brni (brni) wrote,

politics, and what passes for it

So. H'ok. It took me a bit of searching, but I did (after 2 days) manage to find the democratic "debate" online. A mostly sad yet predictable display of slightly right-of-center "liberalism." We stand for radical change as long as it promotes "our vital interests" overseas (read: "continues to enrich the oil companies") and promotes economic growth and stability (read: "doesn't touch the oil, automotive, insurance or pharmaceutical companies").

My lovely spousal unit wrote up a number of analyses on the "debate" and on the candidates. Read them:

Clinton and Obama
Richardson, Kucinich, and Gravel
Dodd and Edwards

Me, I'm pretty much in agreement with her.

We know what we'll get with Clinton - it's a known quantity. All the good things watered to nothing. Equal rights for gays? Try "don't ask don't tell." On the other front, co-opt some of the ideas that the other side is trying to force down your throat so you can claim it as a victory and try to woo the middle. It's a shitty tactic, and it's probably what will win.

If you can call that a win.

She'd probably be as effective as her husband was, which is to say, smarter than anything we've seen in the last 6 years, but too willing to give too many concessions that have serious consequences to a lot of people, and not willing to take on the institutional power structures.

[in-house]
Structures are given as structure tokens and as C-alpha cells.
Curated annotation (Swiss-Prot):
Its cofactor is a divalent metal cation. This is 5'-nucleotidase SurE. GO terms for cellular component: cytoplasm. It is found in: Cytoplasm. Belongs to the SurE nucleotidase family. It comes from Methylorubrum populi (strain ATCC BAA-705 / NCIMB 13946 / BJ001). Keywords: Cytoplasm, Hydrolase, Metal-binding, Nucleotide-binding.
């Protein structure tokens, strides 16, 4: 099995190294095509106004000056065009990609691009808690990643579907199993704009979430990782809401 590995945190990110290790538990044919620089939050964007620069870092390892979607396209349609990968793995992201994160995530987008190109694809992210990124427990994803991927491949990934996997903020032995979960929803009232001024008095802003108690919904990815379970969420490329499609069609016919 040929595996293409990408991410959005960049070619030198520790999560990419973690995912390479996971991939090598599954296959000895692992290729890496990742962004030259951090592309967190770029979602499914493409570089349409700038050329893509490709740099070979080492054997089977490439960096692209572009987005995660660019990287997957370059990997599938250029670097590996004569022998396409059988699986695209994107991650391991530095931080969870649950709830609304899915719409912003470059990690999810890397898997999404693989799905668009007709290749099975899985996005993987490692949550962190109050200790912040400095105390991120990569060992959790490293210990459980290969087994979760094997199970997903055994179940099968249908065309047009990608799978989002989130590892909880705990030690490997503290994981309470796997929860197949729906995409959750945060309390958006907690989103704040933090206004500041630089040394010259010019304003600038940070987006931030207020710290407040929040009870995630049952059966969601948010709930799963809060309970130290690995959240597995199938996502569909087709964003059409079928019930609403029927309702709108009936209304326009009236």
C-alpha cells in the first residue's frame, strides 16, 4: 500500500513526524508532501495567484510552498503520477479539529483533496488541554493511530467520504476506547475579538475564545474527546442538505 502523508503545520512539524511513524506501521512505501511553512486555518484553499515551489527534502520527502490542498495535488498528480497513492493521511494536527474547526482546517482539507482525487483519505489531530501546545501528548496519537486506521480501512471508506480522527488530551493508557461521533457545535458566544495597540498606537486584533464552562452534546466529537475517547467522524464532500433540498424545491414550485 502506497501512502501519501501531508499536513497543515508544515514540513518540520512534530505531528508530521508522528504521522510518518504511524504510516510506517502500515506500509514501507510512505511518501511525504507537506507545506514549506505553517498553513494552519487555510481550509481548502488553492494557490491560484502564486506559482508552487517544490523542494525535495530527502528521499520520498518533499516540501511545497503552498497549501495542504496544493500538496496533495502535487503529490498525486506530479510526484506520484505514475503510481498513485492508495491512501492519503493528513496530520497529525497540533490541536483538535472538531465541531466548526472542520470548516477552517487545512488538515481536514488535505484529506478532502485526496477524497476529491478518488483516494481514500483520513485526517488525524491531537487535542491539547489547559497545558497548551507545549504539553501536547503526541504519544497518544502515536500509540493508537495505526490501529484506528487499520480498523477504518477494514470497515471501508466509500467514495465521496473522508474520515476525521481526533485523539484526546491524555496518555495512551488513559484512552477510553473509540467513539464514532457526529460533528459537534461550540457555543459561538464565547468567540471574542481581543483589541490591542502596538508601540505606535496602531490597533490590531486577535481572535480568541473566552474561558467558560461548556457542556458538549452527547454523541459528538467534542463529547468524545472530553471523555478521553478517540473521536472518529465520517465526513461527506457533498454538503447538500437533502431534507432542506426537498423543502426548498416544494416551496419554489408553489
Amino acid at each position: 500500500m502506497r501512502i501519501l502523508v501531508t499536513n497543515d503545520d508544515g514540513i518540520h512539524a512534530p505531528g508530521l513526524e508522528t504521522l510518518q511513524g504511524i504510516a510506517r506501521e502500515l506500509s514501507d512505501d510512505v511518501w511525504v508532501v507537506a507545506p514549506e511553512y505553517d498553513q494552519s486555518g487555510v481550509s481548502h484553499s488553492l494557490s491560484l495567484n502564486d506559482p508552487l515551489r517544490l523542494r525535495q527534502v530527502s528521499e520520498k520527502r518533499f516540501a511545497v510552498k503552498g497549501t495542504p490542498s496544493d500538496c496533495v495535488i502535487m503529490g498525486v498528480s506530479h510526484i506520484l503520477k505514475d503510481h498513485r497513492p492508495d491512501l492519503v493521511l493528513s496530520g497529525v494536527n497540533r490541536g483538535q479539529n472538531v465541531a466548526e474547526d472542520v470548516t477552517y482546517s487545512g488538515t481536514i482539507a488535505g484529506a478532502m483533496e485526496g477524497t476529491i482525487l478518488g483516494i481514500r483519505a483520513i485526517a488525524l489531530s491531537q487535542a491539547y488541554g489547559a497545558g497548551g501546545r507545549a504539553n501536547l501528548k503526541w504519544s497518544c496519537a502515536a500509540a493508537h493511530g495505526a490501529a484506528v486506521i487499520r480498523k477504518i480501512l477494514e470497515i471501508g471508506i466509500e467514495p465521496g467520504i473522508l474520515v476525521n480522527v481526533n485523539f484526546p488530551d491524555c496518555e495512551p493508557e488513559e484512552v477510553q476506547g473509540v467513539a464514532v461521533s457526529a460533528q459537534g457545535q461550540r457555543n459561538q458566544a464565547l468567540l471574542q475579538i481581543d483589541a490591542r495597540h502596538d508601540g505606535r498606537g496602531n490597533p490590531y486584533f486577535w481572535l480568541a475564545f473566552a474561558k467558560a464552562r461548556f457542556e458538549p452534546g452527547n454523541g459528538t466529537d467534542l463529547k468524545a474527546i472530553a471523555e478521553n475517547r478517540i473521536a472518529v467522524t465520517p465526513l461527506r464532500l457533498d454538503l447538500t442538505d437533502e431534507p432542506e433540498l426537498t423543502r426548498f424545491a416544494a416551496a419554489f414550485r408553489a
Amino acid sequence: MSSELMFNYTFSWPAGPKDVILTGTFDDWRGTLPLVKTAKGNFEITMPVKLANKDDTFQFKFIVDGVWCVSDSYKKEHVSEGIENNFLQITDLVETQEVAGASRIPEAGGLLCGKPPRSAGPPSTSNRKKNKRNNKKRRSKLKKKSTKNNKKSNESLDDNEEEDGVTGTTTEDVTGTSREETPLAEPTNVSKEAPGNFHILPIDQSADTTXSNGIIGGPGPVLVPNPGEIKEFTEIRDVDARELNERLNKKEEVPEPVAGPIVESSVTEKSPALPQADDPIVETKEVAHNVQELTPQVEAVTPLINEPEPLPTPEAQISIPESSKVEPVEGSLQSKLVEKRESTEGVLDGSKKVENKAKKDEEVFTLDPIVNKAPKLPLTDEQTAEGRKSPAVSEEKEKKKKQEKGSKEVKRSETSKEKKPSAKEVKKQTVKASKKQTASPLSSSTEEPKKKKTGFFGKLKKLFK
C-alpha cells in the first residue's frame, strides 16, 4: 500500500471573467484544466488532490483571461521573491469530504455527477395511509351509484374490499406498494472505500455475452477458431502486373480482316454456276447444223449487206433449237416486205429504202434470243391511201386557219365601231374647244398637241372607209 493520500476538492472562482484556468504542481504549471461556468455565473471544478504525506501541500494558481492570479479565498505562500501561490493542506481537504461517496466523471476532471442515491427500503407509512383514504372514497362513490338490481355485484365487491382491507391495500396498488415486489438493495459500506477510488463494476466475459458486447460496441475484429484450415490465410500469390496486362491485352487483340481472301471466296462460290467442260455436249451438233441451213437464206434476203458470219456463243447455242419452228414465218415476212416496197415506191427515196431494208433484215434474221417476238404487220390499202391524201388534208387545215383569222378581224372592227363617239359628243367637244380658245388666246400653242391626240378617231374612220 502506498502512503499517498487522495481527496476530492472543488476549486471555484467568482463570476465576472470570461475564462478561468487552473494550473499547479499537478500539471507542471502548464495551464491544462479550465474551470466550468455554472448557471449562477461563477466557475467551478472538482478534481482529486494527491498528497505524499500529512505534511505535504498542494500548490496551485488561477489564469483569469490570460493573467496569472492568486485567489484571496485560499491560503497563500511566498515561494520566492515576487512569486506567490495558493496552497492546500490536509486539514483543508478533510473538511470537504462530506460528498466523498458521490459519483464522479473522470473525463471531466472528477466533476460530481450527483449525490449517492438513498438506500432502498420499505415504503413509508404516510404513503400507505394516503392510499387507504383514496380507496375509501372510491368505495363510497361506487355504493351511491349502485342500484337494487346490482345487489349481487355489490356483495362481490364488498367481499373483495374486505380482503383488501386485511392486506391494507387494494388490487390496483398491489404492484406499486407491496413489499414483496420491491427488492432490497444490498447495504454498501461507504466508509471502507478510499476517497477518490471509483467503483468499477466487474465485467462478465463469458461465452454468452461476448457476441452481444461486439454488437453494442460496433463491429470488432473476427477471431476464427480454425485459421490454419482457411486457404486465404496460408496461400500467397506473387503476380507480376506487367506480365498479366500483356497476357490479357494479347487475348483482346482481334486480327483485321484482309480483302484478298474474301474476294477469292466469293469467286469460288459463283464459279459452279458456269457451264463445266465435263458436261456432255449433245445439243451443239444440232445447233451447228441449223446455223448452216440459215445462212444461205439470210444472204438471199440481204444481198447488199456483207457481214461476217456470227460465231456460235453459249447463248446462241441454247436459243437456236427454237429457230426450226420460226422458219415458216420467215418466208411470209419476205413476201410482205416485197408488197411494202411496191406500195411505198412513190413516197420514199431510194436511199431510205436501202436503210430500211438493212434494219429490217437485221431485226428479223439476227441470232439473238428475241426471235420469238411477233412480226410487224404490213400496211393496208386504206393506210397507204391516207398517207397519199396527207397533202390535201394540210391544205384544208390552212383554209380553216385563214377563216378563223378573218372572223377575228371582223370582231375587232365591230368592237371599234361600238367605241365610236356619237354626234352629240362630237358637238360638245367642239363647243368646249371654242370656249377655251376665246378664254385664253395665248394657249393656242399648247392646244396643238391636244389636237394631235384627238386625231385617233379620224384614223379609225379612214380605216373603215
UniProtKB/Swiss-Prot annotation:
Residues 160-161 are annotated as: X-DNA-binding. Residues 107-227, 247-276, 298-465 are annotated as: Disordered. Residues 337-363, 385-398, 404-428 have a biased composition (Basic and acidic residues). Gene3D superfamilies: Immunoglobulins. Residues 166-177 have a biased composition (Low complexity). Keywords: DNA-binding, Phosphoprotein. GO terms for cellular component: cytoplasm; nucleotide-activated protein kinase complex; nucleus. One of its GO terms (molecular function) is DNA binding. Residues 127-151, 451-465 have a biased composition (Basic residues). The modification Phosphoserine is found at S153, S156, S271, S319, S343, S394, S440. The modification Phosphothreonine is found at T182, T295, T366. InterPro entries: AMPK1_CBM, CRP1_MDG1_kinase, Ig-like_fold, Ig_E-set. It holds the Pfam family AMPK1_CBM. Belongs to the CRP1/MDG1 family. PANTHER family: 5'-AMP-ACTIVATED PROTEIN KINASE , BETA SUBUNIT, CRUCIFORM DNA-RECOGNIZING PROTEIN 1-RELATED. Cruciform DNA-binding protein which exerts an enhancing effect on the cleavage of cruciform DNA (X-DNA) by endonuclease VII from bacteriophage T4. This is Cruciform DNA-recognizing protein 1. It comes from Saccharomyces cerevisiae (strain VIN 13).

Obama? He's pretty slick, but not so much during that debate. He was off, and face to face with Clinton his inexperience shows. There's not a whole lot of substance there. He's dedicated to protecting the status quo. He's good with language, and has some serious charisma, and that'll go a long way toward paving the way for policies he's championing. I'm concerned, however, that he might not be strong or wise enough to champion the right causes. He's bandying words that he thinks will play well without understanding the implications.

This is why Gravel is important. He is the gadfly of the primary. "'All options on the table' means 'willing to use nukes.' It was immoral 50 years ago, and it's immoral now." (paraphrased) Thank you, Mr. Gravel.

Gravel's not in it to win the election. Gravel's in it to push an issue, and try to cut through the bullshit, to cut through the NewSpeak. We need him.

Edwards - he's the plastic man. Hollow inside, maleable on the surface. We need him not to be president. I have nothing positive to say about him.

One thing I find disturbing is the selective affectation of accents. I guess that since it worked so well for Mr Dubya, both Edwards and Obama are doing it. Edwards puts on his southern accent when he's talking to the south, or about poverty, and Obama "talks black" when it suits.

Kucinich - I like him. I liked him a lot the last time around, and I still like him. Of course, I'll never get a chance to vote for him. The way that primaries work, Pennsylvania doesn't get to have any say in the nominating process. He's mostly right, about just about everything. I'll not go into too many details here, except that he's pushing universal health care, alternative energy sources, getting out of Iraq NOW instead of this lame "timeline" crap, civil liberties, fighting unemployment and really funding education properly.